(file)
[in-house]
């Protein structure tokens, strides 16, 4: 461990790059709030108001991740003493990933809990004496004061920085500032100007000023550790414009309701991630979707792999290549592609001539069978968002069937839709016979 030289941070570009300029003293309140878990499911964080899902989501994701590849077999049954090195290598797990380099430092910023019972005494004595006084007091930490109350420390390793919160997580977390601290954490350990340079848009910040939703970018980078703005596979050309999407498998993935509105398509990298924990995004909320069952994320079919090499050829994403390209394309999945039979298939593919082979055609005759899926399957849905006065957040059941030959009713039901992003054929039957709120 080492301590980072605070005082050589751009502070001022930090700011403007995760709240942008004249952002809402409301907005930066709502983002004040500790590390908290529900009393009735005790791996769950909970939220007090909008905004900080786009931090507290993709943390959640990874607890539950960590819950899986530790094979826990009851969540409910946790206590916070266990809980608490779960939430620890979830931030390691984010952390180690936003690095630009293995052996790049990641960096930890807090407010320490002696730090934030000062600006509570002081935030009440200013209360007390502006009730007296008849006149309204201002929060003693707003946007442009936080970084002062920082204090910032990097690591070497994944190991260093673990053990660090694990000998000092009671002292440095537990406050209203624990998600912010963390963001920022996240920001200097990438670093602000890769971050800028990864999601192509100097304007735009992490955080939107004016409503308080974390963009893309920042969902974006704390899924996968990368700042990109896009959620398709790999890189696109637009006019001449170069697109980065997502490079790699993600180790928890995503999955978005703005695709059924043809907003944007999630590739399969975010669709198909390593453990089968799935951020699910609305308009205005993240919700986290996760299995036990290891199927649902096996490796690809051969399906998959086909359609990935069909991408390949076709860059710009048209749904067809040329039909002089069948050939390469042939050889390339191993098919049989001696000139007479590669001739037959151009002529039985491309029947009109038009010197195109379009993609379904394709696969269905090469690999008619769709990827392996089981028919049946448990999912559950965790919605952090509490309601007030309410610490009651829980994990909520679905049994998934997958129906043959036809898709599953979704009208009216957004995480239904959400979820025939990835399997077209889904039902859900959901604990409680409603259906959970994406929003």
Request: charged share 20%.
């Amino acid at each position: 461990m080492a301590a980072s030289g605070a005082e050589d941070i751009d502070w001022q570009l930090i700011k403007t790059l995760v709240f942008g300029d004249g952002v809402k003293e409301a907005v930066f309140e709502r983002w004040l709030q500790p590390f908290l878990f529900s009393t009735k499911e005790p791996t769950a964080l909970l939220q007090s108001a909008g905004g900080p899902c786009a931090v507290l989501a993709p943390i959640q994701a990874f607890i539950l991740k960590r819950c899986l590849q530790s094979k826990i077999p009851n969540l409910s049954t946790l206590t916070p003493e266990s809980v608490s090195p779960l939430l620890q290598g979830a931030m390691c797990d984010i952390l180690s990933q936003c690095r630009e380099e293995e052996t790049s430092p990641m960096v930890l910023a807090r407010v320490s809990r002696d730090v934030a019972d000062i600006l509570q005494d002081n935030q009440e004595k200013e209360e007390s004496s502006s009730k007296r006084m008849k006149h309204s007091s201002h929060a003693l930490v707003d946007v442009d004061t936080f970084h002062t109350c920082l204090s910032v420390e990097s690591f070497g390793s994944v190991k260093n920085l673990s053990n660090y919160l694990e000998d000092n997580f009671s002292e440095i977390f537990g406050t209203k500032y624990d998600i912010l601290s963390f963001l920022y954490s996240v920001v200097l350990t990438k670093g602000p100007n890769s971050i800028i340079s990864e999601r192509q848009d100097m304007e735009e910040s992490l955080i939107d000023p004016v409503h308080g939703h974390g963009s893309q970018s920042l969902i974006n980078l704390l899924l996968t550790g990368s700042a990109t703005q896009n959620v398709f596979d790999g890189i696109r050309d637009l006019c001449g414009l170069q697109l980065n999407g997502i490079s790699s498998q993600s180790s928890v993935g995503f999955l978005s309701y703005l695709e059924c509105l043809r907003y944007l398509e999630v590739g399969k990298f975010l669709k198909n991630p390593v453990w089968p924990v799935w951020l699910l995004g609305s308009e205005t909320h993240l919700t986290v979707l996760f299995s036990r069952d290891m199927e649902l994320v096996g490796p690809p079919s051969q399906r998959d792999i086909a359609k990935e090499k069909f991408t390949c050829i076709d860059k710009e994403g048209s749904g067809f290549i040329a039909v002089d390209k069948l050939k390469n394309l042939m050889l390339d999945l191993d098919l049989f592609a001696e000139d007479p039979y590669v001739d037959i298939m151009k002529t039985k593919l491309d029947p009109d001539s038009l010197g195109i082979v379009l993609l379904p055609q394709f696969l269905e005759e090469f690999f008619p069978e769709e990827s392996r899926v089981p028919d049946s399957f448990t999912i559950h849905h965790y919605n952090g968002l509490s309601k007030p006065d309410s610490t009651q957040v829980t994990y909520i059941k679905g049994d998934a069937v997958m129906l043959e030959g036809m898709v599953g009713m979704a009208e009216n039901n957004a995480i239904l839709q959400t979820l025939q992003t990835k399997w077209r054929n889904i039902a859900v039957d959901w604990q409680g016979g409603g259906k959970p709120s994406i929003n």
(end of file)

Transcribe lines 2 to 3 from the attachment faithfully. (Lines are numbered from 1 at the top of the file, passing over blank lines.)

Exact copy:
């Protein structure tokens, strides 16, 4: 461990790059709030108001991740003493990933809990004496004061920085500032100007000023550790414009309701991630979707792999290549592609001539069978968002069937839709016979 030289941070570009300029003293309140878990499911964080899902989501994701590849077999049954090195290598797990380099430092910023019972005494004595006084007091930490109350420390390793919160997580977390601290954490350990340079848009910040939703970018980078703005596979050309999407498998993935509105398509990298924990995004909320069952994320079919090499050829994403390209394309999945039979298939593919082979055609005759899926399957849905006065957040059941030959009713039901992003054929039957709120 080492301590980072605070005082050589751009502070001022930090700011403007995760709240942008004249952002809402409301907005930066709502983002004040500790590390908290529900009393009735005790791996769950909970939220007090909008905004900080786009931090507290993709943390959640990874607890539950960590819950899986530790094979826990009851969540409910946790206590916070266990809980608490779960939430620890979830931030390691984010952390180690936003690095630009293995052996790049990641960096930890807090407010320490002696730090934030000062600006509570002081935030009440200013209360007390502006009730007296008849006149309204201002929060003693707003946007442009936080970084002062920082204090910032990097690591070497994944190991260093673990053990660090694990000998000092009671002292440095537990406050209203624990998600912010963390963001920022996240920001200097990438670093602000890769971050800028990864999601192509100097304007735009992490955080939107004016409503308080974390963009893309920042969902974006704390899924996968990368700042990109896009959620398709790999890189696109637009006019001449170069697109980065997502490079790699993600180790928890995503999955978005703005695709059924043809907003944007999630590739399969975010669709198909390593453990089968799935951020699910609305308009205005993240919700986290996760299995036990290891199927649902096996490796690809051969399906998959086909359609990935069909991408390949076709860059710009048209749904067809040329039909002089069948050939390469042939050889390339191993098919049989001696000139007479590669001739037959151009002529039985491309029947009109038009010197195109379009993609379904394709696969269905090469690999008619769709990827392996089981028919049946448990999912559950965790919605952090509490309601007030309410610490009651829980994990909520679905049994998934997958129906043959036809898709599953979704009208009216957004995480239904959400979820025939990835399997077209889904039902859900959901604990409680409603259906959970994406929003």
Request: charged share 20%.